When I Grow Up…

When I was 7, I wanted to be a dentist. Age 10- hair stylist.   Age 13- a neurosurgeon. Age 16- missionary doctor.  At age 24, well I’m a teacher/Realtor/businesswoman/meandering young lady.

How does a 17 year old determine the course for the rest of their life?  Is it based on some far-fetched dream of owning 3 sports cars, 2 luxury homes, and picking whatever career path might provide the financial means to make this dream come true?   Or is it based on family tradition; are you a fourth generation lawyer and must keep up the ‘legacy’?   Maybe you are the first person in your family to attend college and move out of your community; a career path might be chosen based on a cool job that you saw on television.  Are any of these options truly tapping into the specific skill set of that individual?

My sister changed her major 3 times.  Marketing to nursing to accounting all within 2 semesters of college.  She, age 22, has since graduated and is currently managing a real estate office with dreams of going back to nursing school.  My best friend, age 24, graduated from the top Journalism school in the country, made a flip in life plans and completed a 1.5 year teacher certificate program and is now a middle school English teacher.  Is there anything wrong with making these switcharoos?  Not at all.  Life happens, people change.  Visions change.  But just ask and they’ll tell you that if they had a little more guidance, exposure and experience they could have saved a few thousand dollars and headaches to get to the same destination.

It is key to expose our youth to a variety of experiences and help them zone in on their specific passions and skill sets.  As a science teacher, I love to show video clips and complete labs on everything from ecology to chemistry.  These are the experiences that inspired me to major in Biology.  If only every middle and high school student was exposed to a passionate entrepreneur, exciting accountant, or engaging historian…then maybe our youth could get reenergized about learning these subjects and pursuing careers in these fields.  At age 17, your life switches from a set high school curriculum to an open door.  The cure for cancer and next big tech product won’t be created until we expose and excite our youth instead of allowing them to settle for the familiar.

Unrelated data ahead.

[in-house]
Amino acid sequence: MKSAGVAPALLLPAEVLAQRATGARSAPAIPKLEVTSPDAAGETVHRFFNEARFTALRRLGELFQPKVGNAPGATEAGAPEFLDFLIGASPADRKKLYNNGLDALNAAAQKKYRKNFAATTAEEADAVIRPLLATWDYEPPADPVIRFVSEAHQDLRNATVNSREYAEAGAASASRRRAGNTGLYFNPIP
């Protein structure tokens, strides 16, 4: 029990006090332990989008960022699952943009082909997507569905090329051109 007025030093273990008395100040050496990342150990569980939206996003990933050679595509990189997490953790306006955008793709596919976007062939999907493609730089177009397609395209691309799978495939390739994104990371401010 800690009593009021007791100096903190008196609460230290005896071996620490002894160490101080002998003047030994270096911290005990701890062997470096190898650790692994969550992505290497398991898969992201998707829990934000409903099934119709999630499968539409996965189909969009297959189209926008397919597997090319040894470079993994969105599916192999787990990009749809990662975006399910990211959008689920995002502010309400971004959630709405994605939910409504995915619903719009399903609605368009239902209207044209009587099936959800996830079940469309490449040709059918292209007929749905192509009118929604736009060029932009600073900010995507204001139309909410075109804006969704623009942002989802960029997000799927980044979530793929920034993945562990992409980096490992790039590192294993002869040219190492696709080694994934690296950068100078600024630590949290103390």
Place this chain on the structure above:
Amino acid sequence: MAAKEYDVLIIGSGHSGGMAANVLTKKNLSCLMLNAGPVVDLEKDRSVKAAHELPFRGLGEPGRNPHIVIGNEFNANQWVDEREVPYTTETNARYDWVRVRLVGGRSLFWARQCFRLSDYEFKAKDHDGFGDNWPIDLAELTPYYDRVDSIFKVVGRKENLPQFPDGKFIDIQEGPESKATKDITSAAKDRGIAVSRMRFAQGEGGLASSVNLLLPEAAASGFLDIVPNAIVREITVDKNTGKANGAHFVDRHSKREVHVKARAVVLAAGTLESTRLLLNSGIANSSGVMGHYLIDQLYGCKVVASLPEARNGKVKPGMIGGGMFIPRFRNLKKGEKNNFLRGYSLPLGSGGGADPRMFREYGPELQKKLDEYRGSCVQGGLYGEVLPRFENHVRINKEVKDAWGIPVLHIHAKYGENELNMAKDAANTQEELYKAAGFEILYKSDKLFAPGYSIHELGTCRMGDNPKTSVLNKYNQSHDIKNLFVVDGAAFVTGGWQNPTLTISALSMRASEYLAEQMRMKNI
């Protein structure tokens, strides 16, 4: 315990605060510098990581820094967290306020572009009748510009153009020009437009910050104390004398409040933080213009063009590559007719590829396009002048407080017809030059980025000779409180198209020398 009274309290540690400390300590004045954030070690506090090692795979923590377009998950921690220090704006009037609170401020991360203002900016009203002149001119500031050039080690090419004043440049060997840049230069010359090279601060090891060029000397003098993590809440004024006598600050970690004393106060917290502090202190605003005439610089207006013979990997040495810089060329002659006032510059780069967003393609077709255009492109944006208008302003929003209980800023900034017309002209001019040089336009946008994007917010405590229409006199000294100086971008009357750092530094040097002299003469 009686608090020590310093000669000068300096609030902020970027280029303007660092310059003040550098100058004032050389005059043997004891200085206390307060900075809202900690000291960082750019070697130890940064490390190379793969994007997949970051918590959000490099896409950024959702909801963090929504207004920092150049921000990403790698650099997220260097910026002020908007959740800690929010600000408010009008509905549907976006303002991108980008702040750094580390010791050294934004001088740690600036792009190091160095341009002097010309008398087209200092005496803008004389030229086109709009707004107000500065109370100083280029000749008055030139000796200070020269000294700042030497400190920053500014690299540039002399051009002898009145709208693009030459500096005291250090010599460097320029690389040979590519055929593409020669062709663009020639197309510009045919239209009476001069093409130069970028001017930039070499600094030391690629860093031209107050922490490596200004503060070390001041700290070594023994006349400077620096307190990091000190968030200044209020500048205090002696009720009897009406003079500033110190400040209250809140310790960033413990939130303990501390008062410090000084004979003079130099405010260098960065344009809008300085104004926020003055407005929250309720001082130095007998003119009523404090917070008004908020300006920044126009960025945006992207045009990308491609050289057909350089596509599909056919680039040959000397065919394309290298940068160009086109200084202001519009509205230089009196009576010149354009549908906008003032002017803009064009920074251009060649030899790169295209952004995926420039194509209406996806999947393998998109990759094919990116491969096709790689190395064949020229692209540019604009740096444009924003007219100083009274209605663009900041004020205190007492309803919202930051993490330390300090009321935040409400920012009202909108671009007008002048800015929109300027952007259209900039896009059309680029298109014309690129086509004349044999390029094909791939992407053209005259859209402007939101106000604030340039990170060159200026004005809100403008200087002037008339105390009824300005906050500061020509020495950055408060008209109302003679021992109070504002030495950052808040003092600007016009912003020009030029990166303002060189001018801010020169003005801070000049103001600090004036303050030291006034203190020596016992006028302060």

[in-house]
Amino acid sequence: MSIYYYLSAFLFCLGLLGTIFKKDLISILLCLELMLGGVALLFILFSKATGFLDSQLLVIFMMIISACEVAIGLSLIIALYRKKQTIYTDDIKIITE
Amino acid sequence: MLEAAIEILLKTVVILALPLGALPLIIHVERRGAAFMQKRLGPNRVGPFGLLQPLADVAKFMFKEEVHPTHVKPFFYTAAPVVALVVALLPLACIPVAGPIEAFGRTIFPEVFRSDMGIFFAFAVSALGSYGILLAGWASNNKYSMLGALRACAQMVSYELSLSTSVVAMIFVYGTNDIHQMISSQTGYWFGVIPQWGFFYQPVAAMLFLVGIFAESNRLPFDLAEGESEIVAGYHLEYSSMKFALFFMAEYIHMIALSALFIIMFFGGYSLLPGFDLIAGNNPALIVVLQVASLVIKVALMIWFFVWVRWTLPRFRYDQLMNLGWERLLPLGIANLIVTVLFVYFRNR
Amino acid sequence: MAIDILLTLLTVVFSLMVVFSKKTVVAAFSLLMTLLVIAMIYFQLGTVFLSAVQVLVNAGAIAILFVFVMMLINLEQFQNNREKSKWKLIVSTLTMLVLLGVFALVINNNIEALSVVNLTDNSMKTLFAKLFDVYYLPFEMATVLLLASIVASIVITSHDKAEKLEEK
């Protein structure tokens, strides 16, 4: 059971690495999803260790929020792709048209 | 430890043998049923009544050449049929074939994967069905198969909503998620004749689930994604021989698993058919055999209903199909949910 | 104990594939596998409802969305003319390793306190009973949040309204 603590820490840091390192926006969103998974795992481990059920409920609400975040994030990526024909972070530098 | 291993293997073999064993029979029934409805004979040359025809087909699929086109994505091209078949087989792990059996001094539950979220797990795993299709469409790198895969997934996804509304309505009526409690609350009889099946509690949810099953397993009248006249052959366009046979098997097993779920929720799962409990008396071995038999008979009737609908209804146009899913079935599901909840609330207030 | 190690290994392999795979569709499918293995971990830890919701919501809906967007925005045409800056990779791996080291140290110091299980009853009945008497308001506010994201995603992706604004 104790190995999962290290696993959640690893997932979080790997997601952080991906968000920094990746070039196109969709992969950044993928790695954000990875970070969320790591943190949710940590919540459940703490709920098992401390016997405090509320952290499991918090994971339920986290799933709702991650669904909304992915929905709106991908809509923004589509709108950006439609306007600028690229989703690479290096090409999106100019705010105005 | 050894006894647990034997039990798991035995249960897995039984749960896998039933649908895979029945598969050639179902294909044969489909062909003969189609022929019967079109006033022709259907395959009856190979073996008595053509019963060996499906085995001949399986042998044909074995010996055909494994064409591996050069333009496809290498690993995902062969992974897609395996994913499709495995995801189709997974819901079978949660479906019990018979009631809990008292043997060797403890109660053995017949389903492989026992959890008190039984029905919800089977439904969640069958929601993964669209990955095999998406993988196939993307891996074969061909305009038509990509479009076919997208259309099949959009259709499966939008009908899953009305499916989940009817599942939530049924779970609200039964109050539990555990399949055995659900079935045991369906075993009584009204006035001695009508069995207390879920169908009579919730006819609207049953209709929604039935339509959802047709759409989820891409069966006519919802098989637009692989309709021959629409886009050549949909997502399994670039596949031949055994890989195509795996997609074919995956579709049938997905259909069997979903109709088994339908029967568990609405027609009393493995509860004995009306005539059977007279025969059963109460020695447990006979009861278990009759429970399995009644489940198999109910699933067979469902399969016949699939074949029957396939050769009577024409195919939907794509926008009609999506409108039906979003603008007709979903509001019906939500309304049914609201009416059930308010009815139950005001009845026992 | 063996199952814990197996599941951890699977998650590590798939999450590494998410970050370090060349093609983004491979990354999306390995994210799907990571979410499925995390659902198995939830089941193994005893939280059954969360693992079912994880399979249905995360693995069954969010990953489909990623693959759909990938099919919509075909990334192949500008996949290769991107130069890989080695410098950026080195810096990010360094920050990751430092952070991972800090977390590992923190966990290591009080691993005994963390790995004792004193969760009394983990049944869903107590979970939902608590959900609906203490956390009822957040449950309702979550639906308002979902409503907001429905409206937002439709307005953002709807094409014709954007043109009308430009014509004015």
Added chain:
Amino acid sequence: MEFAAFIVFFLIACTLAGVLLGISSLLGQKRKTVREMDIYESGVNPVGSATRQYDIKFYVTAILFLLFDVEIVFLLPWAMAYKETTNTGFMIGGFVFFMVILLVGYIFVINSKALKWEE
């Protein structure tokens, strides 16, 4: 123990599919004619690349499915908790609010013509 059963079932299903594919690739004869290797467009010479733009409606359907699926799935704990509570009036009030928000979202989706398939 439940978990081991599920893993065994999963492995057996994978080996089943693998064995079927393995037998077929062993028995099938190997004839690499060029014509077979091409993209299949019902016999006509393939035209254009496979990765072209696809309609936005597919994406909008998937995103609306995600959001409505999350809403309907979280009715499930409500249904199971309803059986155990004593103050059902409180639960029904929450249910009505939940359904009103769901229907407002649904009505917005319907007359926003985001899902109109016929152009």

Erin Burns

Erin Burns is a North Carolina Teaching Fellow who teaches Biology at North Mecklenburg High School.  Erin graduated from UNC-Chapel Hill with a B.A. in Biology and minors in Education and Entrepreneurship.  A recent addition to the team, Erin looks to channel her creativity and passion for education-reform through the SKoolAide initiative.  Find her on LinkedIn, email her at erin@skoolaide.com, or follow @eburnsye on Twitter.

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